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Friday, May 17, 2024

What to Keep and What to Discard: Outdoors

By Terry Allen

One of the toughest decisions you will have to make after water-related damage is what to keep and what to discard. As a general rule, anything you can not wash and disinfect should be thrown away.

The following guide will help you determine if an item can be restored or must be discarded.

Important Note

The following guidelines are applicable only if the damage is caused by clean water. If you know or suspect that the water source is contaminated with sewage, chemical or biological pollutants, consult a restoration professional immediately.

Do not use fans for dry-out before determining that the water is clean and sanitary.

Building Materials

The aftermath of water damage. Many of your personal belongings can be salvaged. Learn how to determine what to keep and what to discard after a water damage.If a particular item has a high monetary or sentimental value, you may wish to consult a restoration water damage specialist.

  • Ceiling tiles must be discarded and replaced within 24-48 hours. The only exception would be if a ceiling tile has become wet due to a minor leak or a steam leak and the shape of the tile has not been altered. In this case the ceiling tile can be air-dried and reused.
  • Concrete or cinder block surfaces can be kept and cleaned to remove stains and mold growth.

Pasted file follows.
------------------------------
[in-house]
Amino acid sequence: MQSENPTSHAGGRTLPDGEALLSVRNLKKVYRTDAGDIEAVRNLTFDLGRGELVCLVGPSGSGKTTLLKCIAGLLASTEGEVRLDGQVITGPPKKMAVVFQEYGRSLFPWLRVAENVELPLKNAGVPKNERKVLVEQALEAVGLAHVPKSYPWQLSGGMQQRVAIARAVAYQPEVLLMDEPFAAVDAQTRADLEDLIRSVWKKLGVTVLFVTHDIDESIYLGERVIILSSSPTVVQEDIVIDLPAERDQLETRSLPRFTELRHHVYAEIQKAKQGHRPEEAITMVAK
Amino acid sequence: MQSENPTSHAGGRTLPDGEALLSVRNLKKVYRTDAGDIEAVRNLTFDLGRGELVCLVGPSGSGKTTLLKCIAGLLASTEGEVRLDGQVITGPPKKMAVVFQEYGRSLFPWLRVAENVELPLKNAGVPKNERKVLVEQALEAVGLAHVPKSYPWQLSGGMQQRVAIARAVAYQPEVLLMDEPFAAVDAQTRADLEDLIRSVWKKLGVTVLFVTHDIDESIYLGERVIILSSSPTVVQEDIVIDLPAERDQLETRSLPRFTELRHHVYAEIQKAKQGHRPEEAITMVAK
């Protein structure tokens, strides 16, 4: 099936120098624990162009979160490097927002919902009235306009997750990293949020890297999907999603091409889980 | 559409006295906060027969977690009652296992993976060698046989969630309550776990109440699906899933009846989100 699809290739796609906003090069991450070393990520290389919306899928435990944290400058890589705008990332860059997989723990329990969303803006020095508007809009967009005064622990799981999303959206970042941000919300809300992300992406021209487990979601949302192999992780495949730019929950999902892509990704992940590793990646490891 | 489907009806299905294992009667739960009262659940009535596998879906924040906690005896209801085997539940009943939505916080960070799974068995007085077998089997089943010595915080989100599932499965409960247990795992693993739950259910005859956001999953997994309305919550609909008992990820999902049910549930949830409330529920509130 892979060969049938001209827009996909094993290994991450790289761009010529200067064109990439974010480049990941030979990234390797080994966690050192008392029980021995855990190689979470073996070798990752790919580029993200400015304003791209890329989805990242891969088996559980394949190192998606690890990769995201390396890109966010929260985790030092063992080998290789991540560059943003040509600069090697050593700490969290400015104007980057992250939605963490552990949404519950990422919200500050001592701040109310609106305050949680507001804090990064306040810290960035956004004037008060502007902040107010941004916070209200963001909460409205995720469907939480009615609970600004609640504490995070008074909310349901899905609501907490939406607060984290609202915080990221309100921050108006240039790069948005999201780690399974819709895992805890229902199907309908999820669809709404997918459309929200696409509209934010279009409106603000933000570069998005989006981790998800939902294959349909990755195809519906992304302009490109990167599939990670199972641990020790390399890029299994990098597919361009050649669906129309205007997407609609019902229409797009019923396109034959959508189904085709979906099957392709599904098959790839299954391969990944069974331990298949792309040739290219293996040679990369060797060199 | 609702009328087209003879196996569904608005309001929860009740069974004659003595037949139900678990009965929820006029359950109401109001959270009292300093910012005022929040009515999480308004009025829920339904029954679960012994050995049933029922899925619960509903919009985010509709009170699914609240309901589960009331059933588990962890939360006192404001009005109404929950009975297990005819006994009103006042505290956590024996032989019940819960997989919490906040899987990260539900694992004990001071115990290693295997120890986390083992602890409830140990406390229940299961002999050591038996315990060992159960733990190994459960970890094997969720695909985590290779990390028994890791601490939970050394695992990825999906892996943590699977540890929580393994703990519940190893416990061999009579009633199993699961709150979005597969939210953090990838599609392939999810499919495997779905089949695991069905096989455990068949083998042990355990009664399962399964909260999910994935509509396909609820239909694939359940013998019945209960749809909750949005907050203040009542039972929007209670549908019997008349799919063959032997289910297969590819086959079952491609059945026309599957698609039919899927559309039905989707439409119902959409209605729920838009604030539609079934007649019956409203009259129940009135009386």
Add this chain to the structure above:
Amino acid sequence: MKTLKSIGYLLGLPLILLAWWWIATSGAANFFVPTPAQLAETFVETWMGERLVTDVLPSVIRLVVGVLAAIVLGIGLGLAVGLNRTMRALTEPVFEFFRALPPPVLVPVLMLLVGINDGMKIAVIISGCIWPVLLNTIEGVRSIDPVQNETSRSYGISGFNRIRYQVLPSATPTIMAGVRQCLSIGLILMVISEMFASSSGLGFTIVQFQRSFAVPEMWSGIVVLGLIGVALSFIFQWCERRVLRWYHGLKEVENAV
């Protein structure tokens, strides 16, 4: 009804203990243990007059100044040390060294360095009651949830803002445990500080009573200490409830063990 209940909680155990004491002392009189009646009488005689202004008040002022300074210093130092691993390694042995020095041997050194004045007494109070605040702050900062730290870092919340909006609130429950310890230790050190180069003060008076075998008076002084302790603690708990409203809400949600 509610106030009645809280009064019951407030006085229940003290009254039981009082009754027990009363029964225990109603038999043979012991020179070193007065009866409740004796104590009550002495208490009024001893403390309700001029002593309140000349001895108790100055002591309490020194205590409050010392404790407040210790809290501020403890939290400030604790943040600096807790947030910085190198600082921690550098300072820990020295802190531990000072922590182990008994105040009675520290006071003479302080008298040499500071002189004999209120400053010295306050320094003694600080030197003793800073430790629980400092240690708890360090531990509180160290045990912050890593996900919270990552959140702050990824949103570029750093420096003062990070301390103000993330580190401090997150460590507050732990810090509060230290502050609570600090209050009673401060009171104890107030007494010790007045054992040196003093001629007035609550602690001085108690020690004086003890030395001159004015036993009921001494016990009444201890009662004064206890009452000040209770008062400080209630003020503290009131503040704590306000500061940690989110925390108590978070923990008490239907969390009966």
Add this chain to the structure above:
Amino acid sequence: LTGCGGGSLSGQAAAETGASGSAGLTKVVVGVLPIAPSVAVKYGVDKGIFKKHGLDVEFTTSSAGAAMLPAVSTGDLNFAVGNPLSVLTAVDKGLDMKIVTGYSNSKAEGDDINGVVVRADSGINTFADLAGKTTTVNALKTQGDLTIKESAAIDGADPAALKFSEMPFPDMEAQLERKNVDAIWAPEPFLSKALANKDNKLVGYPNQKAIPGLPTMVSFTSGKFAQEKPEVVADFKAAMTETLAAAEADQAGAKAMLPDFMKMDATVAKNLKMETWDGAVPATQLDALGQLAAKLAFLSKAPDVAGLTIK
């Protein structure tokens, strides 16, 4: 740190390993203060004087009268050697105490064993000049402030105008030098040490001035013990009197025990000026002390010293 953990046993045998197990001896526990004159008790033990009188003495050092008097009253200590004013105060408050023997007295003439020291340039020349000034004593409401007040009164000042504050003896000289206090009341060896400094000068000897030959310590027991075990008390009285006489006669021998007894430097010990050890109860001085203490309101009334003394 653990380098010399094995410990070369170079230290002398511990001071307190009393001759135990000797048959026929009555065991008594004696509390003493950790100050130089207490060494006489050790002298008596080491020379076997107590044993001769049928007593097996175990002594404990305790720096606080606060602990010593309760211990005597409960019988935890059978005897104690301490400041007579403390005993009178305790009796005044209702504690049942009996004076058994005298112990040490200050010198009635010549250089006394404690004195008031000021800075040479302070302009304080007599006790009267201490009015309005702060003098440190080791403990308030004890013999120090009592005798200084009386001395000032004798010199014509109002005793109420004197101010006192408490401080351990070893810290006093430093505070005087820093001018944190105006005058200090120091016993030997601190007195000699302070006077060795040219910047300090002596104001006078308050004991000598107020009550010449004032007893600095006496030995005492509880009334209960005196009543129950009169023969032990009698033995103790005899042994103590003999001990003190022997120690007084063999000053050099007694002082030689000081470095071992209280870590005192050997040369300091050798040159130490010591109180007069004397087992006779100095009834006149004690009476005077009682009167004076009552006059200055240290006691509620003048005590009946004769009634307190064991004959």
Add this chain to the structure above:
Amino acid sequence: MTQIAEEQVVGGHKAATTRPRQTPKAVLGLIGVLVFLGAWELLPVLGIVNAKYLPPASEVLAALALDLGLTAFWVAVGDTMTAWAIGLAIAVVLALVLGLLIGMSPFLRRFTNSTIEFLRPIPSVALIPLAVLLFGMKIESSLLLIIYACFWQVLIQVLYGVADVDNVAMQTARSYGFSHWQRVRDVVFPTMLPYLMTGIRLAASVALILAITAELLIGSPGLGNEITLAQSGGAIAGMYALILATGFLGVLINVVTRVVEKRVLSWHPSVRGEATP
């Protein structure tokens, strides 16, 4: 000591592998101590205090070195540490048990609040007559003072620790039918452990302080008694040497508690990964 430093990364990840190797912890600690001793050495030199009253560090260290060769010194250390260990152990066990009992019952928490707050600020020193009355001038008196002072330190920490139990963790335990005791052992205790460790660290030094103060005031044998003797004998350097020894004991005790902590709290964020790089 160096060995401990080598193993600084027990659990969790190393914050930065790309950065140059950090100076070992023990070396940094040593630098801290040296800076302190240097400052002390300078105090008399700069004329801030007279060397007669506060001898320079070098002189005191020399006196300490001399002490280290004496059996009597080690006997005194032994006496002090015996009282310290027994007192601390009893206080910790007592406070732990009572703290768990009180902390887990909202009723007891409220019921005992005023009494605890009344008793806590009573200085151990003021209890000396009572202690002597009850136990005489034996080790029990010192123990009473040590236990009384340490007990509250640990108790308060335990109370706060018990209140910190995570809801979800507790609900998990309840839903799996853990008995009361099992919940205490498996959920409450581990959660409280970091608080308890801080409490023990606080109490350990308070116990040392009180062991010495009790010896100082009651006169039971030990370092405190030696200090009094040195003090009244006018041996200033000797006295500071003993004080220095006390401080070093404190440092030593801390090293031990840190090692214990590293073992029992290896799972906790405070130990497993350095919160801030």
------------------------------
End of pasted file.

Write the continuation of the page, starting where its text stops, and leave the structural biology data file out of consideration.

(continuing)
• Cellulose or fiberglass insulation holds water and wicks water up inside a wall. It must be removed if wet to prevent mold and decay.
  • Wallboard (drywall and gypsum board) may be dried in place if there is no obvious swelling and the seams are intact. Wallboards must be removed and replaced if you detect the presence of mold or if there is a visual swelling and shape alteration. Wet paneling should be removed from the wall for inspection and drying.
  • Carpet and backing can usually be cleaned and restored if treated in less than 24-48 hours and was dried completely. Make sure to that the sub-floor under the carpet is inspected and dried as well. If sewage-contaminated water covered the carpet, discard it for health safety reasons. Also discard if the carpet was under water for 48 hours or more.
  • Flooring such as linoleum, ceramic tile, and vinyl can be salvaged if dried quickly. These floorings must be removed if you have wood sub-flooring to allow the wood to dry thoroughly (this may take several weeks). Discard this type of flooring if you detect signs of mold.
  • Hardwood floor boards must be removed to prevent buckling. As wood gains moisture, swelling occurs. By removing a board every few feet you will be able to reduce buckling caused by swelling.
  • Non-porous, hard surfaces such as plastic or metal surfaces can be kept but must be cleaned properly.
  • Solid wood surfaces can be kept if dried within 24-48 hours and there is no sign of mold. Do not try to force open swollen drawers or doors. Discard wood pieces if severely damaged or if you detect signs of mold.
  • HVAC ducts that have been soaked in water will probably need to be replaced if they are flexible ducts and made from duct board. Internally insulated ducts will also require replacement. If the ducts are made from sheet metal and have external insulation, they can be cleaned and retained.

Recommended Reading:
What to Keep and What to Discard? Indoors.

After learning what can be saved and salvaged outdoors, you also want to salvage as many of your personal belongings as possible. However, keeping items that have been soaked for a long time may be dangerous. Learn how to determine what to keep and what to discard.

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